Not to trivialize business issues for musicians, but the “Spotify debate” rages on which increasing repetition. Some of the publicized outbursts against Spotify result from musicians being asked about it by journalists.
The latest high-profile musician to take a club to the music service’s business model is Beck, who was granting an interview to an Argentinian publication during a tour of South America. “Streaming is inevitable,” Beck stipulates, and regards the royalty payouts unsustainable. As with other musicians who have issued objections of streaming as a music-consumption model, Beck views Spotify in snapshot mode. He does not consider a level of global scaling across many platforms that might raise musician revenues to higher levels, despite acknowledging that streaming is moving into the scene unstoppably.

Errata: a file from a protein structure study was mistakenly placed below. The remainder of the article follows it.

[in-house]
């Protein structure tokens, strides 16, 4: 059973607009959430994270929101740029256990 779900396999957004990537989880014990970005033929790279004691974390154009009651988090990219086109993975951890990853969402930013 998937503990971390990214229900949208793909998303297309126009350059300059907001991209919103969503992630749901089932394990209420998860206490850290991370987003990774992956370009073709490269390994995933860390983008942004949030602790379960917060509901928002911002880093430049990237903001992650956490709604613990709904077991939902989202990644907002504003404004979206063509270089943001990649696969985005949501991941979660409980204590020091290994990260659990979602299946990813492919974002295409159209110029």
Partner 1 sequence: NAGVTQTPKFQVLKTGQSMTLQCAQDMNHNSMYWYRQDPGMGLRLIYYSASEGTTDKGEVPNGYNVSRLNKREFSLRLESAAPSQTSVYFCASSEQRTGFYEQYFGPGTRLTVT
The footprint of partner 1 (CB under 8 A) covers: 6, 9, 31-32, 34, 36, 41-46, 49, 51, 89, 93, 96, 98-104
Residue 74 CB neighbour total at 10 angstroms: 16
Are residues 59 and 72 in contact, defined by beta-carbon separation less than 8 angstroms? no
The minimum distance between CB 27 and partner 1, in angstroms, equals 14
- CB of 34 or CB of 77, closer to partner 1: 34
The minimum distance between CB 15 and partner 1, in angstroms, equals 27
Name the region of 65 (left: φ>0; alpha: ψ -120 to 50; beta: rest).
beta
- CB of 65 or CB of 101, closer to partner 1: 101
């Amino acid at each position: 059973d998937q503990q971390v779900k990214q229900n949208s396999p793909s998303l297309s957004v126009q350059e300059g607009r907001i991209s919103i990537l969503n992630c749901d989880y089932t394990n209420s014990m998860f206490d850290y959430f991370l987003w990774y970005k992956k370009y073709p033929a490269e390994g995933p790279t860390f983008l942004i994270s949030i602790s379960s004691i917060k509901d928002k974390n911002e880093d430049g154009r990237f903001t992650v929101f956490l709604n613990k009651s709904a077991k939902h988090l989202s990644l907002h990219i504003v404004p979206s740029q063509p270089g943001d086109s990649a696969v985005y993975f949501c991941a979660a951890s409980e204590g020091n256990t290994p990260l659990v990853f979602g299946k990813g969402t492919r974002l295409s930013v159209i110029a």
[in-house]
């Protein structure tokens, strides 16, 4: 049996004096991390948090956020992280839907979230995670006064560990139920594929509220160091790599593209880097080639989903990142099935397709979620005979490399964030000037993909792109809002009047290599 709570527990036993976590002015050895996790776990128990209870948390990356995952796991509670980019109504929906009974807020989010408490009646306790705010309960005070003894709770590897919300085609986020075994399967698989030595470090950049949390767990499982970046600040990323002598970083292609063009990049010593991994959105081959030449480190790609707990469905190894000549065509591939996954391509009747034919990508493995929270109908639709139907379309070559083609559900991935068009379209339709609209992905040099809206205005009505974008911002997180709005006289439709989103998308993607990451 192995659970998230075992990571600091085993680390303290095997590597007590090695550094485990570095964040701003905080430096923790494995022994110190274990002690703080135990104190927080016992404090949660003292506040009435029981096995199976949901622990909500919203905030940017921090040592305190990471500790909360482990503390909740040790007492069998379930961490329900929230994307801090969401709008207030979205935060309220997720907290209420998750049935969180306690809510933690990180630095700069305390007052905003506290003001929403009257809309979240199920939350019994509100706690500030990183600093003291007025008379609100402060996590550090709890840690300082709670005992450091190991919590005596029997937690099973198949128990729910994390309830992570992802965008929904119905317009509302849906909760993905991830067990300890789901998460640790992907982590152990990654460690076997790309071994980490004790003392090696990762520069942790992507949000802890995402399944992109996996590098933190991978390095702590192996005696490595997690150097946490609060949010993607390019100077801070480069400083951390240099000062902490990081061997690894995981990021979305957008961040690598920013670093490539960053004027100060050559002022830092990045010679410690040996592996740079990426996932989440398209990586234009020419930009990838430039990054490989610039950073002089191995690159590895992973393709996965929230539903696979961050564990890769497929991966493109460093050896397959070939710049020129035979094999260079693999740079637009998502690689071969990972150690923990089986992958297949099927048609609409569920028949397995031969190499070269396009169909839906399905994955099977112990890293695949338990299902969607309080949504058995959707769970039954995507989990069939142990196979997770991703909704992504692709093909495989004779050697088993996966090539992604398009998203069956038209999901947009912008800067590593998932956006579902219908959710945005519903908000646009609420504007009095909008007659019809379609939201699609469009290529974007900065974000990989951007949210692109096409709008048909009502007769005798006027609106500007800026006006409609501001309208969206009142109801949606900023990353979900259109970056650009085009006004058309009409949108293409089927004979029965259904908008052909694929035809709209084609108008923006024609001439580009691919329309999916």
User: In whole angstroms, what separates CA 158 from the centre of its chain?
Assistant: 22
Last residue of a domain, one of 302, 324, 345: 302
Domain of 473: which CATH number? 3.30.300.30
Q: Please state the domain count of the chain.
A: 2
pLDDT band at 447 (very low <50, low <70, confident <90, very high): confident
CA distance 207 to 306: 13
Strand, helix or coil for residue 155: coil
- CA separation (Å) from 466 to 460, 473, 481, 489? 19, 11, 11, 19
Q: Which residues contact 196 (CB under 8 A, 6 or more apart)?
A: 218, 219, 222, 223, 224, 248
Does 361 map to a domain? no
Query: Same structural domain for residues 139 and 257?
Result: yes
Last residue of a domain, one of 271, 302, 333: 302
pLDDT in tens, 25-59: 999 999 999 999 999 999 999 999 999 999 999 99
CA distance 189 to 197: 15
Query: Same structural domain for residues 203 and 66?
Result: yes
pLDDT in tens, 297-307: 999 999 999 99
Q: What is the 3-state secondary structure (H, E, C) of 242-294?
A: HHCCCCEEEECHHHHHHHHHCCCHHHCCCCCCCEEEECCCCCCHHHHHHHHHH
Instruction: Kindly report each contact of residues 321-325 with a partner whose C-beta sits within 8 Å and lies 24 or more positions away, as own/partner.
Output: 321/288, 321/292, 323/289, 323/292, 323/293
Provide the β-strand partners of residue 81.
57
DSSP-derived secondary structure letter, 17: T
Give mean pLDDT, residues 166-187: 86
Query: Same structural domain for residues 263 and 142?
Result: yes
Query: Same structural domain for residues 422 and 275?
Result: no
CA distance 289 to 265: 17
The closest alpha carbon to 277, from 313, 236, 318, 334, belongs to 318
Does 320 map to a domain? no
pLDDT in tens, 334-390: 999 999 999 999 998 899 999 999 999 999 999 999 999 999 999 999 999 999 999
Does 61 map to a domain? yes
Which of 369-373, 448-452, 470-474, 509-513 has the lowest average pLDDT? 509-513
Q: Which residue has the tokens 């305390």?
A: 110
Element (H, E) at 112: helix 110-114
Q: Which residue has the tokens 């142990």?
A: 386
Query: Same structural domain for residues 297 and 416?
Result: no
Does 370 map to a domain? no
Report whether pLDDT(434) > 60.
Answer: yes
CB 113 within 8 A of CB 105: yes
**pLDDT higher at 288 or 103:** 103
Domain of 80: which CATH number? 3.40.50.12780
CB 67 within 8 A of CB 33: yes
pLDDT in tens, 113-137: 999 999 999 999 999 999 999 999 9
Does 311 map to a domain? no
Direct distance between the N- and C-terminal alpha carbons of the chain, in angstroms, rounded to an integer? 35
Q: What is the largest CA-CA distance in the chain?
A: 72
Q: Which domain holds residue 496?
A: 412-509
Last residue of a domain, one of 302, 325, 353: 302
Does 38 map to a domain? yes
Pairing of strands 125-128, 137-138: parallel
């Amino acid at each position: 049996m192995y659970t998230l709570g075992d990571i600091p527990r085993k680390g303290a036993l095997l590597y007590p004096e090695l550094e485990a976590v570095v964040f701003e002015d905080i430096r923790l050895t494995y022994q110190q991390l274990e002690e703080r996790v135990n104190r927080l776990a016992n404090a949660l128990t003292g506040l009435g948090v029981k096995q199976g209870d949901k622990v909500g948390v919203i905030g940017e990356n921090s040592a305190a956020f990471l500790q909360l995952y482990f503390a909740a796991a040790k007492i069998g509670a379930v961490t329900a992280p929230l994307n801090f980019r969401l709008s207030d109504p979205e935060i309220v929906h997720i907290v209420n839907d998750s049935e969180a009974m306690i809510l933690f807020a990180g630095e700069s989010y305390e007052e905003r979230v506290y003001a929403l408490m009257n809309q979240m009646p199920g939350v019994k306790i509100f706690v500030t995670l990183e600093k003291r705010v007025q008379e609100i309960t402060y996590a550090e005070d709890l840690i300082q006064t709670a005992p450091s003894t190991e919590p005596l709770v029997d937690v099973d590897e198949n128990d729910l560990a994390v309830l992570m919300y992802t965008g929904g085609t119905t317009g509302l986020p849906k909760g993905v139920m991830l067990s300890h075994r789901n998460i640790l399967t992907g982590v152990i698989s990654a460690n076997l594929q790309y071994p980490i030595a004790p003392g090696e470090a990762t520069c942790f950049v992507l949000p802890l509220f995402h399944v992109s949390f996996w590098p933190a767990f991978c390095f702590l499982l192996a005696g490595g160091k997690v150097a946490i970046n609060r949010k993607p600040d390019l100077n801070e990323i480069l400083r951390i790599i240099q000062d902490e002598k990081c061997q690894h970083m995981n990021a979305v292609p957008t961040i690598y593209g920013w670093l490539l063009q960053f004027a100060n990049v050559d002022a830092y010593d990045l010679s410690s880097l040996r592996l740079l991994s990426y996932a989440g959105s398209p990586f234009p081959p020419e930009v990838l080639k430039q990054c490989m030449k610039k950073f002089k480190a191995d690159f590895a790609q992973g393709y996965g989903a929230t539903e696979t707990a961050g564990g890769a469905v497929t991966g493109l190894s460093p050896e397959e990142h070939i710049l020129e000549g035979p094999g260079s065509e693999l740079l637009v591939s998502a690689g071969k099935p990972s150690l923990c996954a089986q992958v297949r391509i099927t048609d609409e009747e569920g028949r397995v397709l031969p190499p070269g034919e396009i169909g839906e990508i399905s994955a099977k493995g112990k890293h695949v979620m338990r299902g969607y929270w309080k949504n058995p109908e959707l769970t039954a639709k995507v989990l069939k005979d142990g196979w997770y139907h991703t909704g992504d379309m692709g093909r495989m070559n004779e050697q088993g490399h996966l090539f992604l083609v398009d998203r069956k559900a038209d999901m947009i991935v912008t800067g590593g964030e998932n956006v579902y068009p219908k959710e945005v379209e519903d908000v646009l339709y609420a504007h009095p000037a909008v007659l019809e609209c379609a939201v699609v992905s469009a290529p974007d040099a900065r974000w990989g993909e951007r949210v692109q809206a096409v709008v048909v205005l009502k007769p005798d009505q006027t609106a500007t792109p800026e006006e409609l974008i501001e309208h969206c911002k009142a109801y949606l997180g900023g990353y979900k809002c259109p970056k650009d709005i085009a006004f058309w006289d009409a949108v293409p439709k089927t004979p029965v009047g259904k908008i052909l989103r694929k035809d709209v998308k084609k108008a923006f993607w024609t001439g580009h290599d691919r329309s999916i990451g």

Interestingly, Beck is distressed by the audio quality of Spotify streams, and presumably most other platforms. It’s not the first time we’ve heard that complaint, but audiophiles generally fight a losing battle in this regard. (Starting with similar complaints about CDs.) Access and convenience are core consumer values. When millions of people are satisfied with listening to compressed music through cheap earbuds attached to a phone, the audiophile’s burden is heavy.